Shoreditch has moved through several cycles of gentrification in the past two decades, and its rough-around-the-edges reputation has been elbowed aside by shiny apartment blocks and trendy businesses. “When we first got here, neighbours used to throw oranges at us, because we were like the middle classes moving in,” Henderson laughs. “We did a big dinner in here – Mrs Prada was here and all sorts of artists, it was super-glam. And the naughty kids around threw stones through the windows and somebody got hit. There was blood. People were running through the door, saying, ‘It was like this in Notting Hill in the 70s!'”

Today, the restaurant is thriving, packed with a wealthy-looking clientele and frequented by friends and acquaintances of Henderson’s. (A fashionable-looking man interrupts our interview briefly to tell Henderson that the lamb was “to die for, as ever”.) But Henderson is grounded and unfussy, driven by a love of simple, good cooking – an approach she credits to her Kiwi upbringing.

“In some ways, New Zealand doesn’t really have a cuisine,” she says. “I think it’s getting one now, but when I was young, there wasn’t, so you are more saps for everything; you take all sorts of things on.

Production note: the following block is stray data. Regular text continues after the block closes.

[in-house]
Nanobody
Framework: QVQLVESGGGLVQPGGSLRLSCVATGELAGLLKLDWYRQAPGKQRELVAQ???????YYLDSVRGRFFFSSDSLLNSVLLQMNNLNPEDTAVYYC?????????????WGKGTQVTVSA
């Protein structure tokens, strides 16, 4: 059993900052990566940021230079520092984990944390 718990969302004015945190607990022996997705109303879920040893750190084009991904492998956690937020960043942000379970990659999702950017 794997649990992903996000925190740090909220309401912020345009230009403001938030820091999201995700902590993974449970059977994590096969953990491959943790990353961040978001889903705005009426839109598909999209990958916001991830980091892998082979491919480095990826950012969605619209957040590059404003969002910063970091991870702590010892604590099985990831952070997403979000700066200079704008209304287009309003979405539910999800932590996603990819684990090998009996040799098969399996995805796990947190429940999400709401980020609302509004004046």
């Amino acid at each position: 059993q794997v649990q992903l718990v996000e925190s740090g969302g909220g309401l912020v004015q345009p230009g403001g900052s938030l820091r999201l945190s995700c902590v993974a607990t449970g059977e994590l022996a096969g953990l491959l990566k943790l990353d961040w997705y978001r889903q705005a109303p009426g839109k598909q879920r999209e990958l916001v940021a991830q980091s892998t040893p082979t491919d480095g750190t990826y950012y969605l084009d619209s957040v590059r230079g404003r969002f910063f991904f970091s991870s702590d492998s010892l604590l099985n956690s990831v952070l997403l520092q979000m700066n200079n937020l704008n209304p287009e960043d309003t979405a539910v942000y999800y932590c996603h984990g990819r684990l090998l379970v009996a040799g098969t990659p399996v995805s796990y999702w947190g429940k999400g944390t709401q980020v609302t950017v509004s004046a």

“It’s a good thing and a bad thing. Because to have your own cuisine, to be Italian …” here, Henderson swoons. “But then I feel for them, too, because they think sausage should only be made in one way, where I feel it can be made in many ways … Even if you live out of your country for many, many years, I’m still very much a New Zealander. It doesn’t go away.”

Henderson’s humility is one of her most recognisably Kiwi attributes, particularly when her extraordinary achievements are taken into consideration. This year, she received an OBE for her contributions to the “culinary world of London”, and was named by British Vogue as one of 25 women shaping 2021.

“We really thought [the OBE] was a con,” she laughs. “And then somebody said, ‘What, the great OBE con, Margot?’ I mean, who’s gonna do that?”